Racing: Zafonic bogged down by feet of clay: Lofty views of the Guineas winner are brought to earth as he is felled by Bigstone

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The Independent Online
HE CAME, he saw, he capitulated. Zafonic's return to British shores after his staggering 2,000 Guineas success removed much of what had gone before when he dribbled home seventh in the Sussex Stakes yesterday. The awesome beast of Newmarket may now be travelling down the spiral of paper champions.

Arazi last season and Commander In Chief this summer have suffered by falling from the lofty pedestals erected for them by others, but rarely has there been a hollowness to match the one felt on the Sussex downs yesterday. Excuses for Zafonic were thick on the ground, but the naked truth was that last season's champion two-year-old had galloped from wonder horse to fallible giant in under two minutes.

In the parade ring Zafonic dragged his lad round with customary arrogance, but on the way to post came the first glimmer of unease as the colt appeared to forget he was supposed to be in harmony with Pat Eddery.

There was still no assistance forthcoming when the stalls snapped open. 'He just didn't fire and was in trouble a long way out,' Eddery said. 'He just cannot handle this sort of ground.'

The good to soft going headed the initial list of mitigating circumstances for Zafonic, but for Andre Fabre, the colt's trainer, that was not enough.

'The ground played a part but wasn't enough to explain the run,' he said. 'To finish behind good horses is not so bad, but he was such a long way away there has to be something wrong.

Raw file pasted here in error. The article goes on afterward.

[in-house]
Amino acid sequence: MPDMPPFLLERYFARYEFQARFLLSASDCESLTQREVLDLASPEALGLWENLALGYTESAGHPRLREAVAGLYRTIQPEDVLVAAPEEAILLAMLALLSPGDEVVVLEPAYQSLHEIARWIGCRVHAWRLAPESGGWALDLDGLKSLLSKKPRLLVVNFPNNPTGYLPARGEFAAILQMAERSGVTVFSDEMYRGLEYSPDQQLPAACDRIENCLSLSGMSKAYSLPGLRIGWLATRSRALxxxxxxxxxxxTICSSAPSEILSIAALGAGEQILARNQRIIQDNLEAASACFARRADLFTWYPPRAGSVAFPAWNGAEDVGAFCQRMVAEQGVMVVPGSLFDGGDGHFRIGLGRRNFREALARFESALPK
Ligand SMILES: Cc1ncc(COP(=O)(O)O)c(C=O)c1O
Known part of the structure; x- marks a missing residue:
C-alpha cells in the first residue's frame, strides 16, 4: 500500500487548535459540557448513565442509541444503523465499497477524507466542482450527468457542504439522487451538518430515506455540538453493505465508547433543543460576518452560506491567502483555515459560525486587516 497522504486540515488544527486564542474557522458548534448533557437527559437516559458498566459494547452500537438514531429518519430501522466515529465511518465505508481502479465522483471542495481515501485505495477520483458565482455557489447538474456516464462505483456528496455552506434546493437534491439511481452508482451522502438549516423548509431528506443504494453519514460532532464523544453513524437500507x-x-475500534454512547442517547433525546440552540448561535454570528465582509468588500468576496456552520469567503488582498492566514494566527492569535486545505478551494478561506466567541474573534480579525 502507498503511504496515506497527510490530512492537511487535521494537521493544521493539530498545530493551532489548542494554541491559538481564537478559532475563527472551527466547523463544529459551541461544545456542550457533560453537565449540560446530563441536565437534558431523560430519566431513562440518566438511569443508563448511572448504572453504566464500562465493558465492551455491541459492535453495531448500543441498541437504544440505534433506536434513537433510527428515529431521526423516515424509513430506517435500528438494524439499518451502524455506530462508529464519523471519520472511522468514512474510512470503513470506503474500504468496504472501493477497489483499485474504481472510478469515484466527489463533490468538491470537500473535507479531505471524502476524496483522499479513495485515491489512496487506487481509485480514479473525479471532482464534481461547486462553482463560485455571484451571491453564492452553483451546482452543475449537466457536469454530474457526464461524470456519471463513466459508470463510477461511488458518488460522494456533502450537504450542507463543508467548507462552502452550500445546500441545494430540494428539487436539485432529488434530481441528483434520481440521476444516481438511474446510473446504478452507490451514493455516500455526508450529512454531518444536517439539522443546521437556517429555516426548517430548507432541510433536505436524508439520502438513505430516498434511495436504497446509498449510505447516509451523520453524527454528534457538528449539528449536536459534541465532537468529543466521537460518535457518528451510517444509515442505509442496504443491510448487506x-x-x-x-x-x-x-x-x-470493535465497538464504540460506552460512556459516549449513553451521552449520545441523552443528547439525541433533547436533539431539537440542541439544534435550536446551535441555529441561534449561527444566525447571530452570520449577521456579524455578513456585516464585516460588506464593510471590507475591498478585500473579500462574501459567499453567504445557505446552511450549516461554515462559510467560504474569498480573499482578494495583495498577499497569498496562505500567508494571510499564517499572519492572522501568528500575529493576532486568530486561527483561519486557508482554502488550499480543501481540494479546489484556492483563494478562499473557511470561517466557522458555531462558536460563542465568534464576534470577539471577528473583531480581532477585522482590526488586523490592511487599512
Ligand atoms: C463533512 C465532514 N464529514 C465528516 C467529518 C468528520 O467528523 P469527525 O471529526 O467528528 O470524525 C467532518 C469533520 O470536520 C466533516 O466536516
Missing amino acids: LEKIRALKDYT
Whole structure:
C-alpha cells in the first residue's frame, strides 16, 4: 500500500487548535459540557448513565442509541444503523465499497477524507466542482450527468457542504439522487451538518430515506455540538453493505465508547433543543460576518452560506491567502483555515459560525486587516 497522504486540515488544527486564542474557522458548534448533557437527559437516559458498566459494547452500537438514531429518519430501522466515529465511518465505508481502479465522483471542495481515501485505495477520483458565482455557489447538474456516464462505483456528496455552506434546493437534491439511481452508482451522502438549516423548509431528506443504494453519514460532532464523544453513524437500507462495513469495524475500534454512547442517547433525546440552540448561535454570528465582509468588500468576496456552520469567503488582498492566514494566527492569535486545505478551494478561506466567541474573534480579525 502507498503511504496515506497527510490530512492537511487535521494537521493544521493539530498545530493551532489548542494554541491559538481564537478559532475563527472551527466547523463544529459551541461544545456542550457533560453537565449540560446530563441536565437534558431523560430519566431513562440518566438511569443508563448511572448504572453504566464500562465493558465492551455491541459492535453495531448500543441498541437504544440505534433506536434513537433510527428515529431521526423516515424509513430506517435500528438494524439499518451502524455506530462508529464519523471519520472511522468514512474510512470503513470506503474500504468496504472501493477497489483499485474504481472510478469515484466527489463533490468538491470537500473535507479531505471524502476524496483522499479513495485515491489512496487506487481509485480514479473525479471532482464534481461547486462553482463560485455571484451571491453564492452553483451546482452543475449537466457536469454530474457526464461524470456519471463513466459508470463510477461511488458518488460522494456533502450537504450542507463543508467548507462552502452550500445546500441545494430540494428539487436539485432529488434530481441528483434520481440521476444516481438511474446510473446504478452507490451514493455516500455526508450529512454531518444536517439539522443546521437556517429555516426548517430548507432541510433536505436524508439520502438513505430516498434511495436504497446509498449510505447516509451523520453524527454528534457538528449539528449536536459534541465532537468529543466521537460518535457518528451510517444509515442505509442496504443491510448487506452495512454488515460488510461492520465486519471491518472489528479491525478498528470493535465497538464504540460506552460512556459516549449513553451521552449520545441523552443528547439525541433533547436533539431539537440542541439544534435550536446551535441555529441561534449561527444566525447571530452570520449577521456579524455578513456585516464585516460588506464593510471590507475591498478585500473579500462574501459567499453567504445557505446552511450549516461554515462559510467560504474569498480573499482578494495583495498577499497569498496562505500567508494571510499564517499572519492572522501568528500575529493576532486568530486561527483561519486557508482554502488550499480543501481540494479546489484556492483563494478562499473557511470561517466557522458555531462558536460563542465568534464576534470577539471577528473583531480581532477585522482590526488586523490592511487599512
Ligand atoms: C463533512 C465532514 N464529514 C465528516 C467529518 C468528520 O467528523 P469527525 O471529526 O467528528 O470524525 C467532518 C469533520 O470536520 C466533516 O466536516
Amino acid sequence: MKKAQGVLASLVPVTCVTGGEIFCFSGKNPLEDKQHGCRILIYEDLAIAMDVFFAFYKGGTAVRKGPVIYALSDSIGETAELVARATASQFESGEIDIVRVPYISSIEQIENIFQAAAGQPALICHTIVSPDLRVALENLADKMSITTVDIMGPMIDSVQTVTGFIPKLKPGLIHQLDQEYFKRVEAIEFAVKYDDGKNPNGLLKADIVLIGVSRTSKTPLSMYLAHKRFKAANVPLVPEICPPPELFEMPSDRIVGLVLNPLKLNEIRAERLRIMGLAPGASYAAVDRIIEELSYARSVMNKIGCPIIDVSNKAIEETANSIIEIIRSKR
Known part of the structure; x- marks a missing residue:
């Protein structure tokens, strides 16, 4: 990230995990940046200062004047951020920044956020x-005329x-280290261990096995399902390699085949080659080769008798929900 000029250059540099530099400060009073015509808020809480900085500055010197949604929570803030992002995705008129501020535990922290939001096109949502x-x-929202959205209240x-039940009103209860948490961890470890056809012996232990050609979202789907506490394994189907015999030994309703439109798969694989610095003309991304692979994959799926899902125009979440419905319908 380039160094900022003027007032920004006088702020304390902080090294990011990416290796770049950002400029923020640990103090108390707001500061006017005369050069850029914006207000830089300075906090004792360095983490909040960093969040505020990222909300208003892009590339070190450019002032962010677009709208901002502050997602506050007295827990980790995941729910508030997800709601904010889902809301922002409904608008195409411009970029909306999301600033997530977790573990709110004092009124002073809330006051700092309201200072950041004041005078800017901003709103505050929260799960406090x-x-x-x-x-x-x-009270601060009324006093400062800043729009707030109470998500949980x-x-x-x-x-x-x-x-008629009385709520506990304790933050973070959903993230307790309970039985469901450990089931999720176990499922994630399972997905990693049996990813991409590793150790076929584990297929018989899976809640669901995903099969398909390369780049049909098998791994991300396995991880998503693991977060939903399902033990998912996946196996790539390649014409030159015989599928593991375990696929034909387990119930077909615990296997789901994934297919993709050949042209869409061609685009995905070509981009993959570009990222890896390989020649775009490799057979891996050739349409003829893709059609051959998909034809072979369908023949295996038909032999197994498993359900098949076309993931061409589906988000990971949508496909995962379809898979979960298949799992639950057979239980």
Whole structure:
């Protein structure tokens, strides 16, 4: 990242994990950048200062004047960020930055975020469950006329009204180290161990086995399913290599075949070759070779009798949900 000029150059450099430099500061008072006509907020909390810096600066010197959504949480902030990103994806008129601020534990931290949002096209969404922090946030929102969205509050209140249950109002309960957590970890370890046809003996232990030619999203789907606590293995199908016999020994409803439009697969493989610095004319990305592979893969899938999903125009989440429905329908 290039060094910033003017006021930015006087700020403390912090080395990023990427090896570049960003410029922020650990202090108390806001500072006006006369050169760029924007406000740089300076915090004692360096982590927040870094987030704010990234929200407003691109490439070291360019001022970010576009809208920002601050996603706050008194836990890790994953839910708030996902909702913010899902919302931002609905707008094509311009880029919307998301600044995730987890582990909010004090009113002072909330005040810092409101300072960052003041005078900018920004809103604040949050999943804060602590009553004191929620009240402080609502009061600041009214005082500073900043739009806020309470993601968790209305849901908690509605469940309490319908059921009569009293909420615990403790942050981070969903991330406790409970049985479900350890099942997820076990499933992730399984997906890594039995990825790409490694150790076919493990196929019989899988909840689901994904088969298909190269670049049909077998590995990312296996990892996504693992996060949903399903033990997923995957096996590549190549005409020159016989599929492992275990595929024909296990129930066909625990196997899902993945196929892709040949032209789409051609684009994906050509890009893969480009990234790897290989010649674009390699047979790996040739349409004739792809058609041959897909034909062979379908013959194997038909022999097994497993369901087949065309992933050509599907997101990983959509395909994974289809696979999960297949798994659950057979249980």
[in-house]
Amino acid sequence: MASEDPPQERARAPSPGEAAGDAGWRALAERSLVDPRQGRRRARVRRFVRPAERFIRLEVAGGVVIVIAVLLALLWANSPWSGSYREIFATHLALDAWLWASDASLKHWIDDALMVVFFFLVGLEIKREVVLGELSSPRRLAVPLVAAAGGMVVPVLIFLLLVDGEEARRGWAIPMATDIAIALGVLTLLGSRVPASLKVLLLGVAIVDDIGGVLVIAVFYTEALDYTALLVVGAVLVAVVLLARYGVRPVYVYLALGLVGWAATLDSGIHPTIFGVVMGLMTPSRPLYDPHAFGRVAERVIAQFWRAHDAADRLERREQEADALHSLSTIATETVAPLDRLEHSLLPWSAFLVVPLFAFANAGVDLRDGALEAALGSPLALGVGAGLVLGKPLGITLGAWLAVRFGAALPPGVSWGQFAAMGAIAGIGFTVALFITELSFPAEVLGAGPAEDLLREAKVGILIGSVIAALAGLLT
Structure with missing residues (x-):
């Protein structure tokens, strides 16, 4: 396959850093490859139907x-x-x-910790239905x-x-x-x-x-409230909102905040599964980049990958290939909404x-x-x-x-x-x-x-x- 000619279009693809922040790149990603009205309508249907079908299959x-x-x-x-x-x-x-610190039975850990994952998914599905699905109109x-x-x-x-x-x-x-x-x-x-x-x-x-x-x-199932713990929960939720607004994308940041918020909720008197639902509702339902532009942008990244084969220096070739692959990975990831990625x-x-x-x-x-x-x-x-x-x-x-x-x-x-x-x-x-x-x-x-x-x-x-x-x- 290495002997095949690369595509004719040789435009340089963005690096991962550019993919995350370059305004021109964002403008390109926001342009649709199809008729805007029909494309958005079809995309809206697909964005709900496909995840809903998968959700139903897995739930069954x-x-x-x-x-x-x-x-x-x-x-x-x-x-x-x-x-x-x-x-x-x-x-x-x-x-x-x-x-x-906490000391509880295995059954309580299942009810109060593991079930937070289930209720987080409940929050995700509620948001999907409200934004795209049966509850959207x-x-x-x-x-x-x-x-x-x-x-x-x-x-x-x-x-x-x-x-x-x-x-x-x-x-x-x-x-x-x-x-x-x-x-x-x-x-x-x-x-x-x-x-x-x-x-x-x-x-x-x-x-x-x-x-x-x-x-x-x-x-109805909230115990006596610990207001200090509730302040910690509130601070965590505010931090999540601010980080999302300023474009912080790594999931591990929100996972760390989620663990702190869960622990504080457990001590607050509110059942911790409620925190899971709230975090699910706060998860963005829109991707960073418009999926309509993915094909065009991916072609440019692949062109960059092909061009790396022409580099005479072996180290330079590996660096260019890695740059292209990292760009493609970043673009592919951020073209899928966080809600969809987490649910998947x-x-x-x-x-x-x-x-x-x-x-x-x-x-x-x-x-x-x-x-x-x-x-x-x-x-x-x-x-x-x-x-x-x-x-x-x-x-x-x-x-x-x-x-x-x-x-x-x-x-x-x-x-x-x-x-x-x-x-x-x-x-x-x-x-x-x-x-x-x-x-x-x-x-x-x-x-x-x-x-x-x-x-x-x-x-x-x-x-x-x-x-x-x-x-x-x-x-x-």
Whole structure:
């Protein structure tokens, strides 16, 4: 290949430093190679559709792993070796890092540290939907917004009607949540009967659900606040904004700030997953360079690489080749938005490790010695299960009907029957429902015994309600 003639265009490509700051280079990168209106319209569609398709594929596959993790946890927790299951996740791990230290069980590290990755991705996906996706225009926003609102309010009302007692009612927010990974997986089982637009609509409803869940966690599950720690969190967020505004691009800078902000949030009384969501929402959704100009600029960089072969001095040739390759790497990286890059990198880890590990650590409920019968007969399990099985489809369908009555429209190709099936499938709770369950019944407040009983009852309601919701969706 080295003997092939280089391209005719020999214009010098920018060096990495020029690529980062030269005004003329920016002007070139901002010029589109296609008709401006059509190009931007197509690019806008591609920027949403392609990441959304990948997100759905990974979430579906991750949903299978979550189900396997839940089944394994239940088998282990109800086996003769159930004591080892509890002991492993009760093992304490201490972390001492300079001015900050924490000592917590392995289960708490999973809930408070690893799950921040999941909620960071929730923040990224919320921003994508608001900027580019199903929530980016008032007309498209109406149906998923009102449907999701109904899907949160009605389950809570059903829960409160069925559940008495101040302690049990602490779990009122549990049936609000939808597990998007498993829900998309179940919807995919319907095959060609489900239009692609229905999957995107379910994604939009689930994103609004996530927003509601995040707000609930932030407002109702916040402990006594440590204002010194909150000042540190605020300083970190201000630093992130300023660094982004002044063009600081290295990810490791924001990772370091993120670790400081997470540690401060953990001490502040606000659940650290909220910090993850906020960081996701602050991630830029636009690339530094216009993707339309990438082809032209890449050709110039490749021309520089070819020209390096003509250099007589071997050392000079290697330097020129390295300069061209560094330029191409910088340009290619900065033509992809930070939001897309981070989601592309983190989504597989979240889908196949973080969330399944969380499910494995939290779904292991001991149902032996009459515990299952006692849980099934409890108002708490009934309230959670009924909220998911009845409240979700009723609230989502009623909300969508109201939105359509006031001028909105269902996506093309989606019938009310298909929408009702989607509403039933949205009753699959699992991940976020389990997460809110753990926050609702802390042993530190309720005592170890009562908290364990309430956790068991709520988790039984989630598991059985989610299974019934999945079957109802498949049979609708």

'When there is nothing wrong with legs or the tactical side and a horse blows out like that there must be something else. My first feeling is that he ran like those horses who bleed in America.' That notion was later confirmed by the racecourse vet.

Fabre has not felt comfortable keeping Zafonic simmering at race readiness since the Guineas and feels the pot may be burned dry. 'I was worried because he has been such a long time off the course,' he said. 'It makes it difficult to train a horse, especially a colt, because they need to run. I don't regret running him because horses belong on racecourses.'

Fabre counted out another possibility, one that has been doing the rumour rounds, that Zafonic has a wind infirmity. 'The horse is a hard puller and he roars in the mornings,' he said, 'but there are no breathing problems.'

Zafonic's future will unfold after tests this morning, and he will continue to command more newsprint than yesterday's Sussex Stakes winner, his fellow French challenger, Bigstone.

Without Zafonic's failure, the victory of Elie Lellouche's colt over the 1,000 Guineas winner, Sayyedati, would have dominated the day, but here a marvellous performance was almost ignored.

The achievement was not lost, however, on the winning jockey, Dominique Boeuf, who, like Lellouche, was recording his first success in Britain. His victory celebration was so frenzied he almost fell from the saddle.

Bigstone is now likely to take a route once planned for Zafonic, the Prix Jacques le Marois followed by the Breeders' Cup; his trainer's remarks revealing how a hero has fallen. 'We were not confident of beating Zafonic,' Lellouche said, 'but we will not be afraid in the future.'

The anticlimax also muted the fanfare for First Trump's fourth consecutive victory, in the Group Two Richmond Stakes. His trainer, Geoff Wragg, like Fabre, has a problem, but the more pleasant one of deciding between six furlongs or a mile as the optimum distance for his colt.

William Hill expect First Trump to manage a mile and make him 16-1 joint-favourite for the 1994 2,000 Guineas. But future champions were not on the minds of those at Goodwood yesterday. They were still recovering from the one that had just gone.

(Photograph omitted)